I'm definitely going to wait for BIG NAVI, if it can come close to or outperform Nvidia RTX 3080, it wins IMO. Why bother with all the extra heat and inefficiency for a little extra performance. Doesn't matter if they made a new cooler to be quiet, your computer room will still heat up like crazy.

    I feel the same way. I feel like NVidia cranked up clock rates to get their cards numbers up instead of designing it for this from the start. The perf/watt increases are just abysmal.
    Reply
  • spongiemaster
    JTWrenn said:
    I feel the same way. I feel like NVidia cranked up clock rates to get their cards numbers up instead of designing it for this from the start. The perf/watt increases are just abysmal.
    Or it could be that the Samsung 8nm process isn't that great and Nvidia had to try and make lemonade from a lemon.
    Reply
  • gggplaya
    spongiemaster said:
    Or it could be that the Samsung 8nm process isn't that great and Nvidia had to try and make lemonade from a lemon.

    Adored TV made a great video explaining Nvidia's decision on 8nm and why the performance/watt is so bad.
    tXb-8feWoOEView: https://www.youtube.com/watch?v=tXb-8feWoOE

    Basically as you know, the power curve is not linear, so pushing higher clock speeds means exponentially more power is required once you go past the efficiency part of the curve. Nvidia knew 8nm clock speeds were never going to be good, 1400mhz base and 1700mhz boost is really the best they could expect for a mass produced card. So instead, since 8nm wafers are cheaper, they decided to make huge dies and rely on higher transistor count to give more performance.
    Reply
  • cryoburner
    gggplaya said:
    I'm definitely going to wait for BIG NAVI, if it can come close to or outperform Nvidia RTX 3080, it wins IMO. Why bother with all the extra heat and inefficiency for a little extra performance. Doesn't matter if they made a new cooler to be quiet, your computer room will still heat up like crazy.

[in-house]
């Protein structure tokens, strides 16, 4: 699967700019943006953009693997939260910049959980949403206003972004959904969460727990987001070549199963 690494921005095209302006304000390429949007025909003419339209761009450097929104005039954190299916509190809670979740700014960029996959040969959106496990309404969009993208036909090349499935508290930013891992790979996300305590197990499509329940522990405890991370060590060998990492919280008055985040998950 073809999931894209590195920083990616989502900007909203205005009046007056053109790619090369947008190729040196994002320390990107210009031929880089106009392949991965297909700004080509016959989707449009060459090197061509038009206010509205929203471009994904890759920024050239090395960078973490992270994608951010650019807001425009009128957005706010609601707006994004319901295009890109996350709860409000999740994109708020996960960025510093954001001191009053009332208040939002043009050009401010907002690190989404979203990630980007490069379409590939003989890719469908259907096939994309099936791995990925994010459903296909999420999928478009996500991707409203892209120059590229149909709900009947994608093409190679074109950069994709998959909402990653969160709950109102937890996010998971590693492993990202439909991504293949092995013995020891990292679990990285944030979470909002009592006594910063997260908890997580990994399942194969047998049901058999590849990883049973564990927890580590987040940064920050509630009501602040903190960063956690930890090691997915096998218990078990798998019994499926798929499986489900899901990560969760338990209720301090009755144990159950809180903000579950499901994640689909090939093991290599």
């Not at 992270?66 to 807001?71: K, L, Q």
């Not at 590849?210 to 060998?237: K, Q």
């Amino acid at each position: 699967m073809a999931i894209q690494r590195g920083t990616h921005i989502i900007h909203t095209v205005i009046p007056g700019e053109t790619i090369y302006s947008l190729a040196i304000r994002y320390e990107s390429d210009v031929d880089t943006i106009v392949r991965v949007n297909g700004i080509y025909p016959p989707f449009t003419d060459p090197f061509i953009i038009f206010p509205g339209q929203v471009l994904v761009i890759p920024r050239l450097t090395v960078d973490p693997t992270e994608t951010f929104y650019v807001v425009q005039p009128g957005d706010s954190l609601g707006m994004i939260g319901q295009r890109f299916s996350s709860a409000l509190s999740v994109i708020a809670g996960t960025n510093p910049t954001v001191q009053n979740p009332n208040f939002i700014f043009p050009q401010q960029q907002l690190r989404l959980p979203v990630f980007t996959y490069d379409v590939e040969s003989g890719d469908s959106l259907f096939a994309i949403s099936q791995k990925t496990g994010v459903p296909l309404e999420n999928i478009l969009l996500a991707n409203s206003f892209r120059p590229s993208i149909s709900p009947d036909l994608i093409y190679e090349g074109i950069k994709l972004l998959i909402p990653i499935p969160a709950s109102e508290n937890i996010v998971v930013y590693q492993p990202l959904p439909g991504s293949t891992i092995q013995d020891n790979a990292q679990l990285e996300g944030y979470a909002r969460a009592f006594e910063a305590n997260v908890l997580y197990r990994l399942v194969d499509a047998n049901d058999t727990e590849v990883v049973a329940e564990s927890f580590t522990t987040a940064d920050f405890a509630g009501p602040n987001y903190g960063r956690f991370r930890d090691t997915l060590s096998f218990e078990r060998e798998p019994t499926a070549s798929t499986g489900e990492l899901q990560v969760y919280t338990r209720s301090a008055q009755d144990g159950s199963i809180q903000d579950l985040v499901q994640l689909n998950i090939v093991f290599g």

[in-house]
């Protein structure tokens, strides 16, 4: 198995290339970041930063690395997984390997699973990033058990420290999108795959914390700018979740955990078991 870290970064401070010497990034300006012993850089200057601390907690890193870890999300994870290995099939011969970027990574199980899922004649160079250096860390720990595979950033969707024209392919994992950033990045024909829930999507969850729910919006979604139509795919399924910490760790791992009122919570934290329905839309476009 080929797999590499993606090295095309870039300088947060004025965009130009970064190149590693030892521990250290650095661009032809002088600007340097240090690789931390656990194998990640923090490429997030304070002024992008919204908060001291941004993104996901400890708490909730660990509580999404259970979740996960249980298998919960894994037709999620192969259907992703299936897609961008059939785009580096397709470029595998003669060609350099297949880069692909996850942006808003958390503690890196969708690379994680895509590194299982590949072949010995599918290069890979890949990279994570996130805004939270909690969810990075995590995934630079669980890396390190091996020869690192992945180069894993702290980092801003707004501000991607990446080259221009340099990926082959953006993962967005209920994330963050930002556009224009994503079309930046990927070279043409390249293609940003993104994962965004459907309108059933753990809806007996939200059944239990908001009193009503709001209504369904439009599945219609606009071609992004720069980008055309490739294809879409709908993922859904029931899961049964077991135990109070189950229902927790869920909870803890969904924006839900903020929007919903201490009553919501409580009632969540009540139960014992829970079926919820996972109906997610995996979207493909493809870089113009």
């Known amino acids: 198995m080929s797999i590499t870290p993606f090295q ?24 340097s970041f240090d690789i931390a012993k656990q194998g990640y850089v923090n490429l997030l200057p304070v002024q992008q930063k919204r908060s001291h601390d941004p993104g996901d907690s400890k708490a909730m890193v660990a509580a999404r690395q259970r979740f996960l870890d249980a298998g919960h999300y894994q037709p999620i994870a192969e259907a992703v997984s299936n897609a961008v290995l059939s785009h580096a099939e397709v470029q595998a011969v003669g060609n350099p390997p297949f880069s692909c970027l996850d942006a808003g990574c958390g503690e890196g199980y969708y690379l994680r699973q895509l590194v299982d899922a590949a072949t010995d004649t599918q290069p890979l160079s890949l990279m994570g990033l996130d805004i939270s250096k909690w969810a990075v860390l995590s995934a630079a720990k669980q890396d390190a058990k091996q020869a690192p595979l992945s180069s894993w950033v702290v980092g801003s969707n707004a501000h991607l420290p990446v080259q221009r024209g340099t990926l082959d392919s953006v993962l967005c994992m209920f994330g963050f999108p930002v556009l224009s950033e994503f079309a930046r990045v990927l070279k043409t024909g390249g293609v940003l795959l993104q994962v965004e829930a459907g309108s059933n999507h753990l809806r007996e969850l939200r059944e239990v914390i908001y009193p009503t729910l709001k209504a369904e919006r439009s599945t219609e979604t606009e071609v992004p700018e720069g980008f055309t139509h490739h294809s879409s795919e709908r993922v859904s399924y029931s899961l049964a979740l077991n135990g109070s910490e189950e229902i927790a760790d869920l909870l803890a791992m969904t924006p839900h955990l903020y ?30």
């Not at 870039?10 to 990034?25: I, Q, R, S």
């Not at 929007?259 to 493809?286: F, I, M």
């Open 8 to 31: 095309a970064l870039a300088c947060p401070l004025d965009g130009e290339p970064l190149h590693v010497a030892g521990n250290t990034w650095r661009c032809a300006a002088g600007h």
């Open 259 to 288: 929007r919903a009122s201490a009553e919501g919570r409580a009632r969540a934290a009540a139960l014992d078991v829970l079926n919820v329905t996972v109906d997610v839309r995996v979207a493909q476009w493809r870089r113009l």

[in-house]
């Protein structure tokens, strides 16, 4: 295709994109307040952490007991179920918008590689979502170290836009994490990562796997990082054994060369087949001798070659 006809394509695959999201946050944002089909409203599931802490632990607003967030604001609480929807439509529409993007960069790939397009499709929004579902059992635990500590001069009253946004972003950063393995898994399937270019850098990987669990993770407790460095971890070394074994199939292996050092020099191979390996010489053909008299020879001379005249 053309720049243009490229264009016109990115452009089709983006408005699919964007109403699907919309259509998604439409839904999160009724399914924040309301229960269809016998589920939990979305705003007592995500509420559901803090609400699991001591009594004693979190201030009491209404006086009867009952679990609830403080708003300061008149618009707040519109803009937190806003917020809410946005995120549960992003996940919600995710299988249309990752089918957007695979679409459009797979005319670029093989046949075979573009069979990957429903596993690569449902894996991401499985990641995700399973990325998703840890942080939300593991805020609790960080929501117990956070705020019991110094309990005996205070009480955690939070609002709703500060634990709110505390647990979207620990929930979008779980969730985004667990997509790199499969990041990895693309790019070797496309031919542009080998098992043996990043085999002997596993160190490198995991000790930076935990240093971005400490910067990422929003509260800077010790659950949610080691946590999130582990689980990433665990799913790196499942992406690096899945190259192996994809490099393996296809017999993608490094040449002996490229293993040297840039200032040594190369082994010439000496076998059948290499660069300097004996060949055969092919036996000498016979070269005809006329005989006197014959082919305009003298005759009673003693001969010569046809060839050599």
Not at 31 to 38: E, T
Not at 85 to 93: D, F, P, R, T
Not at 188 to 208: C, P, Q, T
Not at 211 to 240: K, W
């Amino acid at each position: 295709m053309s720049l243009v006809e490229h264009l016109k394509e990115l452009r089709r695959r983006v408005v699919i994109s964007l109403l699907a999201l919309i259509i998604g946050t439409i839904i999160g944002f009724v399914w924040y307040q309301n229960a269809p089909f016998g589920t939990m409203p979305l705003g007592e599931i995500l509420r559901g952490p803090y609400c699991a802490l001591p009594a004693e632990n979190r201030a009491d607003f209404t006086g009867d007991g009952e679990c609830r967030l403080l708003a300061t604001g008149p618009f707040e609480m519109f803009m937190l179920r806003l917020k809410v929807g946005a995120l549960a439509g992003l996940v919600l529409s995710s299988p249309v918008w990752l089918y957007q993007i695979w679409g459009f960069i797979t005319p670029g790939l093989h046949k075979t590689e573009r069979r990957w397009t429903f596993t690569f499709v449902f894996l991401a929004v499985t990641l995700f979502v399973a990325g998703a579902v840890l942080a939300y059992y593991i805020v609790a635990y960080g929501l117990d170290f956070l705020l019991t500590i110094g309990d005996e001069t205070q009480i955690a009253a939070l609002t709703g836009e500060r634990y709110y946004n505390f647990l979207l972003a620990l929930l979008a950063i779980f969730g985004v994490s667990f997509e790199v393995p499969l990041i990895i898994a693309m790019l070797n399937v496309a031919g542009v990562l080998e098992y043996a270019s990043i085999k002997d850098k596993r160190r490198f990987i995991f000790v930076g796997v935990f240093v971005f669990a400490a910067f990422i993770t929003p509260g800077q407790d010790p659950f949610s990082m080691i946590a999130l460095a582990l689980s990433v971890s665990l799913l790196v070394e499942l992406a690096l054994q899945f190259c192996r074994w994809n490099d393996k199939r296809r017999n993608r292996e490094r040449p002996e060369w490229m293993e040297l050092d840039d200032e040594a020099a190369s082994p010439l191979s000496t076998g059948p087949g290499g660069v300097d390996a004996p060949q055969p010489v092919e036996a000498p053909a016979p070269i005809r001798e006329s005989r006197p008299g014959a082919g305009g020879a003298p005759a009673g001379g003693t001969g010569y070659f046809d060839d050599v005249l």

I suspect Big Navi's efficiency may be relatively similar, though a lot might depend on how hard they push clock rates. A 5700XT can draw around 220 watts or so while gaming. If AMD's 1.5x efficiency claims for RDNA2 hold true, then a card with a similar level of performance as a 5700XT might only draw around 150 watts or so under load. A 3080 is roughly twice as fast, though AMD is rumored to be doubling core counts for their top-end card, so matching that card's gaming performance might be within reach. However, if that's the case, then a doubling of power draw would similarly put us up around 300 watts or so.
    Reply
  • nofanneeded
    gggplaya said:
    I'm definitely going to wait for BIG NAVI, if it can come close to or outperform Nvidia RTX 3080, it wins IMO. Why bother with all the extra heat and inefficiency for a little extra performance. Doesn't matter if they made a new cooler to be quiet, your computer room will still heat up like crazy.

    BIG NAVI can compete against RTX 3080 but will need more power ... something near 430 watts.

    AMD claimed their performance per watt increased 50% ...

    This means around 15 tflops will need 215 watts. amd 30 Tflops (RTX 3080) will need 430 watts.

    I think their card will land between RTX 3070 and RTX 3080 at around 350 watts and some 25 Tflops.
    Reply
  • watzupken
    nofanneeded said:
    BIG NAVI can compete against RTX 3080 but will need more power ... something near 430 watts.

    AMD claimed their performance per watt increased 50% ...

    This means around 15 tflops will need 215 watts. amd 30 Tflops (RTX 3080) will need 430 watts.

    I think their card will land between RTX 3070 and RTX 3080 at around 350 watts and some 25 Tflops.